By Gene and Katie Hamilton
Once you've had a cordless blind, there's no going back. Its clean lines make it attractive in any window treatment, and its ease of operation makes it particularly useful in rooms where the sun comes on strong at different times of day. Just give a gentle push or pull on the bottom rail and the blind raises or lowers easily. Safety experts tell us a dangling corded blind is a safety hazard with little ones in the house, and anyone suffering from arthritis knows how difficult that cord can be to operate.
Cordless blinds are sold online and at home and decorating centers in an array of styles, materials and colors. Before you buy, decide how you want the blind mounted, either inside or outside of the window frame. An inside mount blind looks recessed or built into the window while an outside mount blind is wider than the window and can cover up a less than perfect frame. Take an exact measurement of the window for whichever you decide.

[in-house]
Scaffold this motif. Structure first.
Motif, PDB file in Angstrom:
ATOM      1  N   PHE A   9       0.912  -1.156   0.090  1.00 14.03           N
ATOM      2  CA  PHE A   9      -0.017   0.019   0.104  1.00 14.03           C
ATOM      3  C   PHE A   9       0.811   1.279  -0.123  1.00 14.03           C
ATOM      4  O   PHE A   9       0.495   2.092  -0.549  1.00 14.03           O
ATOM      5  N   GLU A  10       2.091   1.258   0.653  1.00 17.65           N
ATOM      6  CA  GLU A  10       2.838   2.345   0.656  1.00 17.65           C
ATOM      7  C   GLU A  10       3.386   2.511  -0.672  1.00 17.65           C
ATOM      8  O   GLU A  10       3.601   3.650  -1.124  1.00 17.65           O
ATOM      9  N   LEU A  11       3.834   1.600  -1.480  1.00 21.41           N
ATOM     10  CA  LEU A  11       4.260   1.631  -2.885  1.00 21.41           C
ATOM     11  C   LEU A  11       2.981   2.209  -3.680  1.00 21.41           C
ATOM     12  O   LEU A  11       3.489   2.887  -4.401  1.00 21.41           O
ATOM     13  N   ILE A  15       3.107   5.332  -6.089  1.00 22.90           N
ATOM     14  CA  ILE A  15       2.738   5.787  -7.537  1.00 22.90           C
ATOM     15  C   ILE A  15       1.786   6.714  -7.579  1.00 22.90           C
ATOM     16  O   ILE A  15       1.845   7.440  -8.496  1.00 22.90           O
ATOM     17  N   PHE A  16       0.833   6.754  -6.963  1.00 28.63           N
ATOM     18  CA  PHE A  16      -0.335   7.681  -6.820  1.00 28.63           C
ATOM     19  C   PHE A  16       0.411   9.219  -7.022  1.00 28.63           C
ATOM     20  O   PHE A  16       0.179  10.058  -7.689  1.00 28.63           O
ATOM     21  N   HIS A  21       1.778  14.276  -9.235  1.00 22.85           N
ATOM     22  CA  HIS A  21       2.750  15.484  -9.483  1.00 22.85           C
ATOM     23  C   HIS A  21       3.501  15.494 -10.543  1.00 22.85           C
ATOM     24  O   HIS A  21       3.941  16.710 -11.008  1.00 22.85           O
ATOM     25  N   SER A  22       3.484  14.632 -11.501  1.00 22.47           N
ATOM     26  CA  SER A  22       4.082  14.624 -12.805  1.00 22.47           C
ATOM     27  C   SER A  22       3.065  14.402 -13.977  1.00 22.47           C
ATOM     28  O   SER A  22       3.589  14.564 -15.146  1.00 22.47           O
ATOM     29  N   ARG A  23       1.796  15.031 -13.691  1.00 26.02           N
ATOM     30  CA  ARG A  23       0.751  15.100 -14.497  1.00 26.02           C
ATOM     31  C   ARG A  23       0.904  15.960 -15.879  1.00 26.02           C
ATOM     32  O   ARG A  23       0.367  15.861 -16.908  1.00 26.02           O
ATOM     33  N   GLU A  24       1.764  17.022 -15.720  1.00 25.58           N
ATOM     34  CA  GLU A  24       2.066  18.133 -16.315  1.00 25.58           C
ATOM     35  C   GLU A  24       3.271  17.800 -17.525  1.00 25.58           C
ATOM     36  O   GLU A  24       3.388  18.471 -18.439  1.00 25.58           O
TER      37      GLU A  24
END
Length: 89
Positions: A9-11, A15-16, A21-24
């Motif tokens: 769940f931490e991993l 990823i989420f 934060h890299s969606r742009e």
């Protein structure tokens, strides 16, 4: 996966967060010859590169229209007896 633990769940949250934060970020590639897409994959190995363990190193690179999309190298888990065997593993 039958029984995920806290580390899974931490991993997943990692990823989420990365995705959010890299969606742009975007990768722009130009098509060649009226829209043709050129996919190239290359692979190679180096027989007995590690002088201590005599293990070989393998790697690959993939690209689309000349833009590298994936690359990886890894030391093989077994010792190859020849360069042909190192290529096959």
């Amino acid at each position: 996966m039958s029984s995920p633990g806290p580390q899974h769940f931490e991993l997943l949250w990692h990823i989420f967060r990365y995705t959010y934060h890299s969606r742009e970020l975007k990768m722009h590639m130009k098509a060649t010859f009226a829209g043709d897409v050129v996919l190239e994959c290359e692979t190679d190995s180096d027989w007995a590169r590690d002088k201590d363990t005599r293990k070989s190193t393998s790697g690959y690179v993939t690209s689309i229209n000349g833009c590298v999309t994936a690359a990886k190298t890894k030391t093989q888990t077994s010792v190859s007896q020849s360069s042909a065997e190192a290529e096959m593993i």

Blinds.com suggests The Dos and Don'ts of Cordless Blinds.
You can have a 48-wide, 64-inch long cordless window blind with 1-inch metal slats installed for $129, which includes labor and material; or buy it for $105 and install it yourself and save 18 percent. If you're new to DIY home improvement, installing a window blind is a good first-time project. And because it's a skill you can use for all the windows in your future, it's a job worth learning to do. You don't have to make a big investment in tools. All you need is a tape measure, a Phillips head screwdriver and a hand or electric drill.
Don't want to do the job? Click here to get to
and it will open in a new tab and you’ll have to answer some basic questions about your job followed by Handyman Contractors in your area.
Wrapping up, given the average cost to install a cordless blind you can compare the price of a contractor’s bid with doing it yourself. For a local cost input your ZIP Code.
Improvement and Repair Cost Updated 2020